A-3 Eugene Clary ................................................. 68 B-5 Evergreen ...................................................... 69 B-6 Faulcon Dev ................................................... 70 B-5 Ferncliff .......................................................... 71 B-4 Fernwood Estates .......................................... 72 C-5 Forest Cove ................................................... 73 B-6 Four Season .................................................. 74 B-6 Fox Hollow ..................................................... 75 B-6 Fox Point ........................................................ 76 B-2 Fox Run ......................................................... 77 A-1 Friendly Acres ................................................ 78 B-3 Gaston Heights .............................................. 79 A-1 Granite Hall .................................................... 80 B-2 Great Creek Landing...................................... 81 B-6 Green Park..................................................... 82 B-2 Grover C. Baird Estates ................................. 83 A-4 Hammack ....................................................... 84 B-4 Happy Valley .................................................. 85 B-3 Harbor Landing .............................................. 86 B-5 Harrison ........................................................ 87 A-1 Hawks Nest Point........................................... 88 B-5 Heather Glen ................................................. 89

B-6 Heritage Pointe .............................................. 90 A-1 Hicks Hill ........................................................ 91 A-6 Hidden Acres.................................................. 92 B-3 Hillcrest Point ................................................. 93 A-1 Hinton Mills .................................................... 94 B-2 Holly Grove Estates ....................................... 95 A-6 Holly Hill Shores............................................. 96 B-3 Holly Trail ...................................................... 97 C-5 Hoot Owl Run ................................................ 98 B-4 Hunter’s Creek ............................................... 99 B-5 Indian Run.................................................... 100 B-4 Jack’s Landing ............................................. 101 A-1 Johnson ....................................................... 102 B-2 Joyceville ..................................................... 103 B-6 King Soloman’s Cove................................... 104 B-6 King’s Estates .............................................. 105 C-3 Lake Gaston Estates ................................... 106 A-6 Lake Gaston Estates.................................... 107 B-5 Lake Shores-N ............................................. 108 B-6 Lake Shores-S ............................................. 109 B-4 Lakeside....................................................... 110 B-3 Lakeview .......................................................111

B-5 Lakeview Estates (old) ........ B-2 Lakewoods .......................... B-4 Laura Woods....................... B-3 Lazy Point ........................... C-6 Lee’s Point .......................... B-5 Little Emporia ...................... B-2 Little Ponderosa .................. A-5 Lizard Creek........................ B-2 Long Branch Shores ........... B-6 Lookout Point ...................... A-6 Lost Cove ............................ A-1 Lucy M. Shaw ..................... B-3 Lyons Creek East ................ B-3 Lyons Creek Estates ........... B-6 Mallard Bay ......................... C-5 Mallard Point ....................... B-4 Maple Point ......................... A-1 Maratuck ............................. B-3 Mariners Cove..................... A-1 Martindale ........................... B-2 Matthews Manorwoods ....... A-1 Merrymount .........................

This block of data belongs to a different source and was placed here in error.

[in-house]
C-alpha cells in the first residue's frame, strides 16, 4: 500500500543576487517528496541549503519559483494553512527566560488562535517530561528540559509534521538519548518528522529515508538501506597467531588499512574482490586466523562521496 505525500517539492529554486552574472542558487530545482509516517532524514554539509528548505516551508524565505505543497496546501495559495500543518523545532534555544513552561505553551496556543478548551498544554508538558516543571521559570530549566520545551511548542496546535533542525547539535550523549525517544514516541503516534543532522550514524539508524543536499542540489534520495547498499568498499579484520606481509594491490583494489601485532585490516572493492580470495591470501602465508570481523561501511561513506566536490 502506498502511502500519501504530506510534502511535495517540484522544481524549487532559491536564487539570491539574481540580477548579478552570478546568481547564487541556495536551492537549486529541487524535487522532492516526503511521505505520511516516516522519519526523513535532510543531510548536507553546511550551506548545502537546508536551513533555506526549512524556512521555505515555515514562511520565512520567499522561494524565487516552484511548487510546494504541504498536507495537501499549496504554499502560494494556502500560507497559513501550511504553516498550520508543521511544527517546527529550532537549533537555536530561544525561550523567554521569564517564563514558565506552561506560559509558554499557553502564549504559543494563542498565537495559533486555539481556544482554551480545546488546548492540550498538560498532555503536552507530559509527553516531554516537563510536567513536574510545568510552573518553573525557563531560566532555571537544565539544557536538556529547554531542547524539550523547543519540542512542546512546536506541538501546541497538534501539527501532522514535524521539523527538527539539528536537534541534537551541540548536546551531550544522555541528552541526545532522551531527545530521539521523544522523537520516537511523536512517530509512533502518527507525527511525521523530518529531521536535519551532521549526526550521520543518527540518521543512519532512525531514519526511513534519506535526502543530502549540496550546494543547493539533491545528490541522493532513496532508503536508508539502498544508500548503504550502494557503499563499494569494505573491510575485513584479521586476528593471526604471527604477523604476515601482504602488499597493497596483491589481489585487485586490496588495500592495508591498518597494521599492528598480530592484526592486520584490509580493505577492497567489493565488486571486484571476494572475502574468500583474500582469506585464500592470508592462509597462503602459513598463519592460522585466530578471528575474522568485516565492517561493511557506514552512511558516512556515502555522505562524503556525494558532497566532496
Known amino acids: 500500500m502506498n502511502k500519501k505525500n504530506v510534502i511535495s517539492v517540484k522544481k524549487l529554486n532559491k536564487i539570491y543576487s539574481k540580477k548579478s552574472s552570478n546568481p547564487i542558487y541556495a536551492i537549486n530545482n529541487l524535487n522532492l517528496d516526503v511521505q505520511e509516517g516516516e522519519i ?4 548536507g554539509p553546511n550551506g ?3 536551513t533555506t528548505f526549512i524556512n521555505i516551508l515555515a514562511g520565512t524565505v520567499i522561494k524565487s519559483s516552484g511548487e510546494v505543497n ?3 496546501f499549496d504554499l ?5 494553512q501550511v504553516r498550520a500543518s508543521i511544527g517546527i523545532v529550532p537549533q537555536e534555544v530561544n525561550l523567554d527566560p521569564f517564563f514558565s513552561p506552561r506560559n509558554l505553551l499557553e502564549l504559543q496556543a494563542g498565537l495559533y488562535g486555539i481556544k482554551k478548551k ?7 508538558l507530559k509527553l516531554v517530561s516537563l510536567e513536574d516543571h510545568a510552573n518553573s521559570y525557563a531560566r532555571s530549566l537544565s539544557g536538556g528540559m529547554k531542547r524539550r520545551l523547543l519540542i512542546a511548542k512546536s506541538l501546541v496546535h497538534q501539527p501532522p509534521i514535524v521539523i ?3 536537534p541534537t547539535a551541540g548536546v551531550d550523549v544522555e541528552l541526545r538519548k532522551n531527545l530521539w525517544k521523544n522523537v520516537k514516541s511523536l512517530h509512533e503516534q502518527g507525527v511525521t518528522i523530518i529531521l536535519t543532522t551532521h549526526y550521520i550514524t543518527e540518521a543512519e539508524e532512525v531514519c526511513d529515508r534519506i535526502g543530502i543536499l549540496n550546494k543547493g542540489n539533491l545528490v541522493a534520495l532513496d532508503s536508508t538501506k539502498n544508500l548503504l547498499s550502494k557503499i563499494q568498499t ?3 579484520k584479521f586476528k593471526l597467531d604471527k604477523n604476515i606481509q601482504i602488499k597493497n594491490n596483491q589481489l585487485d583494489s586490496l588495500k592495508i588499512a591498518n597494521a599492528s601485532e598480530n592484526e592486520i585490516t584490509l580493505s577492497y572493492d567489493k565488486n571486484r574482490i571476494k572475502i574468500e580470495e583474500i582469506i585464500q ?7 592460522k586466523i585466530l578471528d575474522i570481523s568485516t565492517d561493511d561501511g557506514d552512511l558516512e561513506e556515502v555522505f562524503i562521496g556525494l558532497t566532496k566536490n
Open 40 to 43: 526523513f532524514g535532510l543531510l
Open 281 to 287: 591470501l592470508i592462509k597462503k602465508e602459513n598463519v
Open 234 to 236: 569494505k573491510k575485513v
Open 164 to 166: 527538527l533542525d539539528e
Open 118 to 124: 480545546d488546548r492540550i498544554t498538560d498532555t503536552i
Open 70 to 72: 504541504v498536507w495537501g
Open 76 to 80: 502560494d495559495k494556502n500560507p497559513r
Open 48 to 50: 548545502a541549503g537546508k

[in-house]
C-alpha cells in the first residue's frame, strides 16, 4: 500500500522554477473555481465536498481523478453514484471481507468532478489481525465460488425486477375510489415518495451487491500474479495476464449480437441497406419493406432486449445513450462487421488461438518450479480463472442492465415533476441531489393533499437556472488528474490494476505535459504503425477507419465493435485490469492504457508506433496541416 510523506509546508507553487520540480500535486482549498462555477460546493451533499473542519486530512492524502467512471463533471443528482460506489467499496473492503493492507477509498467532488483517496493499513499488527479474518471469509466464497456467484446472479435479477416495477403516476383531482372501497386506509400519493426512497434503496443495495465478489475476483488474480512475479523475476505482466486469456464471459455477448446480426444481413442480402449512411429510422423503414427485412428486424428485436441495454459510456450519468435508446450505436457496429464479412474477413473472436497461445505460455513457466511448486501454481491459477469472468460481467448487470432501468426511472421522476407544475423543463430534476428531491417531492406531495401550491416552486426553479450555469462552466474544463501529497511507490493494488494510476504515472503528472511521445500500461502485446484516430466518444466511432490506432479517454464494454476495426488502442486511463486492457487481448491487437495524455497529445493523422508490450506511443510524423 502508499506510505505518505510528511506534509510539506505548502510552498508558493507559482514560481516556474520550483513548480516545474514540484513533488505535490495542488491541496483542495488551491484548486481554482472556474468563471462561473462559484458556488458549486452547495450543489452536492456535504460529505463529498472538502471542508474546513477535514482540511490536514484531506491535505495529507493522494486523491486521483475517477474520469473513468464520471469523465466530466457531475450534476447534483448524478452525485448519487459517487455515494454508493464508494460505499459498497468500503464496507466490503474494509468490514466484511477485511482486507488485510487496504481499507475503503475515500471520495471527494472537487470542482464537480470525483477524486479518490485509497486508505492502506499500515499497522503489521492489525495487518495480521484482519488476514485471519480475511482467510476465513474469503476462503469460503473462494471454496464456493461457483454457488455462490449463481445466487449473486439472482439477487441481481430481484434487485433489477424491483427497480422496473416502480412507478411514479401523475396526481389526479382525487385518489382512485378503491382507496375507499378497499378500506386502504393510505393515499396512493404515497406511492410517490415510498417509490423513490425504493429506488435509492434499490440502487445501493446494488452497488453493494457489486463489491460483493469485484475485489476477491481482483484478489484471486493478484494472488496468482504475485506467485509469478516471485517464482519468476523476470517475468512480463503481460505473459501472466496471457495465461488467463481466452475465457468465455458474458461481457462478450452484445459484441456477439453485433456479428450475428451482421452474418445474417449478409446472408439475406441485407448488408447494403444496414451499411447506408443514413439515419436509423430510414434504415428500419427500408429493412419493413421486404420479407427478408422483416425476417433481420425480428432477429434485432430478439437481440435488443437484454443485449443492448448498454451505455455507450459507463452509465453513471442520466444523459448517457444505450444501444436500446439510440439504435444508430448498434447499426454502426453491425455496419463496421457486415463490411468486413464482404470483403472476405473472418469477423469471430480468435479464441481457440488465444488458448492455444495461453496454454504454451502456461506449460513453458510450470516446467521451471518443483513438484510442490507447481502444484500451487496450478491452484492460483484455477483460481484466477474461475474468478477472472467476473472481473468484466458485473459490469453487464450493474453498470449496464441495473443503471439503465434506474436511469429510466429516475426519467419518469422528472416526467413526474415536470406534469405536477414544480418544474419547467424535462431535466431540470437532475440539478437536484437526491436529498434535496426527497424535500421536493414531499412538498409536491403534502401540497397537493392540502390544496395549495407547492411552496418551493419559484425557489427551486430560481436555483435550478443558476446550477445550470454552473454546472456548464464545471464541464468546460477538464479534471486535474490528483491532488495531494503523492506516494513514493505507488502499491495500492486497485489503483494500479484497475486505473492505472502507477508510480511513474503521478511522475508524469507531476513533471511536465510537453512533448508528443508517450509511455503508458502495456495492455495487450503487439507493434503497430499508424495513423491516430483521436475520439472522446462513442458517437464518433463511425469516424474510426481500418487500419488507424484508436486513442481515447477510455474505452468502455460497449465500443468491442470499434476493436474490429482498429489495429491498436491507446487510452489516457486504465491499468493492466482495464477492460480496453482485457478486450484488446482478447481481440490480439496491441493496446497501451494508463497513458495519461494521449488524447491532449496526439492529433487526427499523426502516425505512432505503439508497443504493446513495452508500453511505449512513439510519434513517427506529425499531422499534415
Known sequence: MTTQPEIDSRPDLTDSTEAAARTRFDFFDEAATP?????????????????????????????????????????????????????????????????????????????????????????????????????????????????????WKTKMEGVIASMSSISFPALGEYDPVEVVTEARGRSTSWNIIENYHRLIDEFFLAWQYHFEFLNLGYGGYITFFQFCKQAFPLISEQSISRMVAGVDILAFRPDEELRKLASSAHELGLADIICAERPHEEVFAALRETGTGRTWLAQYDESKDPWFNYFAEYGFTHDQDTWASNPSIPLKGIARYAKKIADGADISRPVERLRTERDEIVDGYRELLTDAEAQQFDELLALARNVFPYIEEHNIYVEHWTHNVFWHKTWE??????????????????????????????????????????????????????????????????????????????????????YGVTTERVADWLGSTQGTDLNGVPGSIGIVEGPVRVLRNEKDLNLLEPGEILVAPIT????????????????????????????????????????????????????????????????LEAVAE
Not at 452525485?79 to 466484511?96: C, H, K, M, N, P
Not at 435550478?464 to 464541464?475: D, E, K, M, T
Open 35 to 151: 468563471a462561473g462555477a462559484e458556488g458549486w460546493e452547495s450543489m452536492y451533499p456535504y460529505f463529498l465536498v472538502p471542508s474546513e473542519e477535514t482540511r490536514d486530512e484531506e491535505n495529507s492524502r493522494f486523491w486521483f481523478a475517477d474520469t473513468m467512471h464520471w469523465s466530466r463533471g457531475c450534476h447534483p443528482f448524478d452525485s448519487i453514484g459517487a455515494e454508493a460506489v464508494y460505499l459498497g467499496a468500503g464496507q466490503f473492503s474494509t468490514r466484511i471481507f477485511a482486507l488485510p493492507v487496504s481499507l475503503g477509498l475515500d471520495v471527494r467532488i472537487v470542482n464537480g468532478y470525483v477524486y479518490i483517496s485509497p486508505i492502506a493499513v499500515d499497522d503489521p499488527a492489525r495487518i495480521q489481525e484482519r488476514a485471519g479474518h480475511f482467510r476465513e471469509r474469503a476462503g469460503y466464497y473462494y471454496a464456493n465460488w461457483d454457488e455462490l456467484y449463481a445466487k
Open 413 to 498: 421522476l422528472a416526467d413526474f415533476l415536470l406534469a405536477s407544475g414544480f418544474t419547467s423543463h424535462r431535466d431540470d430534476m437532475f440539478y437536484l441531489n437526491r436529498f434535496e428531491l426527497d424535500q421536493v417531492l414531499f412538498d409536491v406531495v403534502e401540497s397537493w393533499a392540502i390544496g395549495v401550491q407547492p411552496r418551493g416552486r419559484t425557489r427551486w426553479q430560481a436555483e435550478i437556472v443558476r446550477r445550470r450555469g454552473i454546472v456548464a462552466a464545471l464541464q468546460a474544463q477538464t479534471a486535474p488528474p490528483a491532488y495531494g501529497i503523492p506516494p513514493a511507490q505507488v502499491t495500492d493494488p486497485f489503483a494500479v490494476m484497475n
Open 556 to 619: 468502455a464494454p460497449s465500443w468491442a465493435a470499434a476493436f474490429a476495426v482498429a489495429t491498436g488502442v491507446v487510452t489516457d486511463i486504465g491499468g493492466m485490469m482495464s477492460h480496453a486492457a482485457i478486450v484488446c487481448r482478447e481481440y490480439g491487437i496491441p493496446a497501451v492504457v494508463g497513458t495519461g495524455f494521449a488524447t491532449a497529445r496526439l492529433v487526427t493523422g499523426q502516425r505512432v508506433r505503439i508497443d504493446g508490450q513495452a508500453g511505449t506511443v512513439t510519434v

s (old) ................................. 112 .......................................... 113 .......................................... 115 .......................................... 116 .......................................... 117 .......................................... 117 .......................................... 118 .......................................... 119 ores .................................... 120 .......................................... 121 .......................................... 122 .......................................... 123 t ......................................... 124 ates .................................... 125 .......................................... 126 .......................................... 127 .......................................... 128 .......................................... 129 .......................................... 130 .......................................... 131 woods ................................ 132 .......................................... 133

B-4 Mill Creek Landing ....................................... 134 C-6 Mistipines ..................................................... 135 B-3 Moratuck Manor ........................................... 136 B-2 Morristown ................................................... 137 B-2 Moseley........................................................ 138 B-6 Myrick Estates.............................................. 139 B-2 Nocarva........................................................ 140 B-6 Nollwoods ................................................... 141 B-6 Northampton Heights ................................... 142 B-5 Northern Cove.............................................. 143 B-5 Northern Point .............................................. 144 B-4 North Shore Acres (1) .................................. 145 B-4 North Shore Acres (2) .................................. 146 B-5 Oak Grove.................................................... 147 B-4 Oak Ridge .................................................... 148 B-3 Old Bridge Point ........................................... 149 B-3 Olde Ferry Estates ....................................... 150 B-5 Osprey Point ................................................ 151 A-6 Paradise Point.............................................. 152 B-3 Pasture Gate ................................................ 153 A-6 Pea Hill Estates............................................ 154 A-6 Pea Hill Shores ............................................ 155